Reading Fluency: The Bridge to Meaning

What Is It?

Reading Fluency

Reading fluency is the ability to read smoothly, with flow and expression. Children with good fluency read in what sounds like their regular speaking voice and do not repeatedly stumble over words. They pause at appropriate places, vary the sounds of their voice, and divide up the text in ways that make sense. Children without good fluency read in a way that sounds choppy, disjointed, and lacks expression.

What Kids Need to Learn

  1. Read the words quickly, without needing to sound them out.
  2. Connections between sounds and letters must happen automatically.
  3. Instead of reading each word separately, they group meaningful groups of words together when reading, such as "millions of cats", "smart little girl", or "brown bear".
  4. Respond to commas, periods, and other punctuation by pausing and adding expression to their voice.

Putting It In Context

In kindergarten, children learned letter sounds and how to pull these together to form words. The focus was almost entirely on learning to decode written words. In first grade this continues, but children are expected to achieve reading fluency of simpler texts--generally those stories they are very familiar with, or have very easy words. By second grade, children will be moving on to more difficult texts and early chapter books, and should be able to read first grade texts and age-appropriate poems fluently and well.

Why It Is Important

Does it matter if a child can read out loud with expression? Not every child will read with the same flair, but it is important that they be taught to read fluently so that the meaning of the text becomes clear to them. Reading Conversation Slow, plodding reading requires so much attention and effort that there is little energy left over for figuring out the meaning, and comprehension suffers.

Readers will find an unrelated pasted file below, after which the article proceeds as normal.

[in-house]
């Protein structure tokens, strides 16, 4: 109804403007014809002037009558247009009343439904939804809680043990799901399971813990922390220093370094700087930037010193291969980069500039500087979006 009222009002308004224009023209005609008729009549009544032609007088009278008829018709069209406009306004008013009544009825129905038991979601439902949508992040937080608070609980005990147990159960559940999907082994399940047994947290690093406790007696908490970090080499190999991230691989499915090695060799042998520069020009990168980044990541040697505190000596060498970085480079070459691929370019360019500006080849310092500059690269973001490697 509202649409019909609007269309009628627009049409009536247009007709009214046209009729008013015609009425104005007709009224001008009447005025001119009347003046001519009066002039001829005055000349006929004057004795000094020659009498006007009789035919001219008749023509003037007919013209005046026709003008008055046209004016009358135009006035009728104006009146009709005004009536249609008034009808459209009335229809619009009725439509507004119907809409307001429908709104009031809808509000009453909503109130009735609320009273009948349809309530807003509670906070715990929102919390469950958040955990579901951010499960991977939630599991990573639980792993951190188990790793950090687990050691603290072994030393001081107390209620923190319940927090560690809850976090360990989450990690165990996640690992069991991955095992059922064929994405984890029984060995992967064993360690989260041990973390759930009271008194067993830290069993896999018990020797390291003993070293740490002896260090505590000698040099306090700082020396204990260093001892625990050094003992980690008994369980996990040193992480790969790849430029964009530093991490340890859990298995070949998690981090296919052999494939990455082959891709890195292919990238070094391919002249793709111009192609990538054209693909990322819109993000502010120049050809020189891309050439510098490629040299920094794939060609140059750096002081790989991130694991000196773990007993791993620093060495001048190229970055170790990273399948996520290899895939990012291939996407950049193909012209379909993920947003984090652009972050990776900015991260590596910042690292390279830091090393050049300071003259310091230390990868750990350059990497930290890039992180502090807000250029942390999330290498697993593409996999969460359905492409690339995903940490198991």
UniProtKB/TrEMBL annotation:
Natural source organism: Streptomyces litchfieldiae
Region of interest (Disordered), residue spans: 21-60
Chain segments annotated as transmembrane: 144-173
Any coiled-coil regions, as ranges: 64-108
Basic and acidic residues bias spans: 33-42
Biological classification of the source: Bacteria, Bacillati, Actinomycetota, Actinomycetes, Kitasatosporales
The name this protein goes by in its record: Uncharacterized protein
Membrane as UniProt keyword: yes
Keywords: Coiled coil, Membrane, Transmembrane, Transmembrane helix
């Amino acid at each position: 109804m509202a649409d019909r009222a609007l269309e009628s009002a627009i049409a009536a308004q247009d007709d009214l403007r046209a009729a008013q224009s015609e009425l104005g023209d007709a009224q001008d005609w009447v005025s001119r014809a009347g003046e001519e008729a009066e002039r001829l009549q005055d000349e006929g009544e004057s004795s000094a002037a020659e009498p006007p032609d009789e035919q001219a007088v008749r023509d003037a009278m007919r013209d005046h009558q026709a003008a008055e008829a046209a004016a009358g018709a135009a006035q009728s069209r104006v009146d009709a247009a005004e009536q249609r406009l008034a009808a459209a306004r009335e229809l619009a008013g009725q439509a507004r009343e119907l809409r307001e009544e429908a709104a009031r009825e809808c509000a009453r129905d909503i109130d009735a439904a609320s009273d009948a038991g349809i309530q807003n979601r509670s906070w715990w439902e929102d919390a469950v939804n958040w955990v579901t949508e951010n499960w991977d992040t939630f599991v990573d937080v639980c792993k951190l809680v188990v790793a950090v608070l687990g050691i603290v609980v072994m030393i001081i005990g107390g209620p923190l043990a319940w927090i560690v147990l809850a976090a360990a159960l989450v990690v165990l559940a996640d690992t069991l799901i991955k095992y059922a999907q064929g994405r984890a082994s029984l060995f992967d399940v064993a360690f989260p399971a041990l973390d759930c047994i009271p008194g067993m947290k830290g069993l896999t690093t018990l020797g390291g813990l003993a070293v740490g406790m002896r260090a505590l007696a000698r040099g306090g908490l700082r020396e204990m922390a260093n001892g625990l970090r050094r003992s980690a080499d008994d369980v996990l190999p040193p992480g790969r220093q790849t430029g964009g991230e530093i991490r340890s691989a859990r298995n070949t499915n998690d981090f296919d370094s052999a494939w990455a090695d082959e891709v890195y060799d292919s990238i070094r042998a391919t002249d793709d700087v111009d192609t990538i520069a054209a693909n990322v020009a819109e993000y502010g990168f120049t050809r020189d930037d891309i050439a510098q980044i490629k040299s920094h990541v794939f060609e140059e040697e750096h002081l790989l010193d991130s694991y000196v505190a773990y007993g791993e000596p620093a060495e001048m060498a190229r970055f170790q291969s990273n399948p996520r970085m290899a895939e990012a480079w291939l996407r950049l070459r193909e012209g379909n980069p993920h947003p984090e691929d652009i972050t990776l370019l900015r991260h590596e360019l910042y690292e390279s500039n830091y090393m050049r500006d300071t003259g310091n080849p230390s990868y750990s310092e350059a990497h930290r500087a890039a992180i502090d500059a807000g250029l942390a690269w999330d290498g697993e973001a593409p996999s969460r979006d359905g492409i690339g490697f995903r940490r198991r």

In first grade, reading a text just once is often not enough for children to capture what the words mean. Successive readings will become smoother and quicker so that they can shift their attention to the meaning and begin to make sense of the overall text. When reading sounds more like normal speech, their reading comprehension will improve.

Challenges Kids Might Face

  • Struggles to sound out individual words; reading is not automatic.
  • Concentrates so hard on individual words that the text is read in a monotone.
  • There is no phrasing; each word is pronounced as a separate whole: Give. The. Book. To. Me. He. Said.
  • Doesn't understand how to pause or change voice to reflect punctuation: Why said Piglet why what said Pooh why would he fall in Pooh rubbed his nose...
  • New vocabulary gets in the way of reading smoothly.

Achieving reading fluency is difficult. It takes practice, requires many different skills, and may not be an appropriate goal for very early readers. If kids are struggling, it may be necessary to work on more foundational skills for a while, use easier texts, or give more practice with reading fluency.

How to Help Kids Who Are Struggling

  1. Encourage kids to read and re-read their favorite books over and over, out loud.
  2. Read aloud to your kids to model what fluent speech sounds like.
  3. Practice reading fluency with children's poems. These are short, simple, often rhyme, and encourage a natural flow of speech. They are also fun to read over and over.
  4. If your child stumbles over a word, provide it to keep the flow and retain the meaning. You can always help your child practice those difficult sections afterwards.
  5. Try choral reading: read together with your child while moving your finger along the words. This is a great confidence-builder.
  6. Provide books on tape or online stories that let your child read along.
  7. Keep texts simple. If your child is learning to read mid-range first grade books, practice fluency with kindergarten books or simple poems.
  8. Give opportunities for kids to read the same passage several times.
  9. Purchase age-level reader's theater plays. These are meant to read out loud, and practicing their lines gives kids a reason to read them over and over.
  10. Read a sentence with expression, then have your child copy you. They love this.
  11. Tell your child to take a breath whenever there is a period.
  12. Point out why your voice changed: "I made my voice sound excited here because of the exclamation mark."


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“Education is not preparation for life. Education is life itself. ”
~John Dewey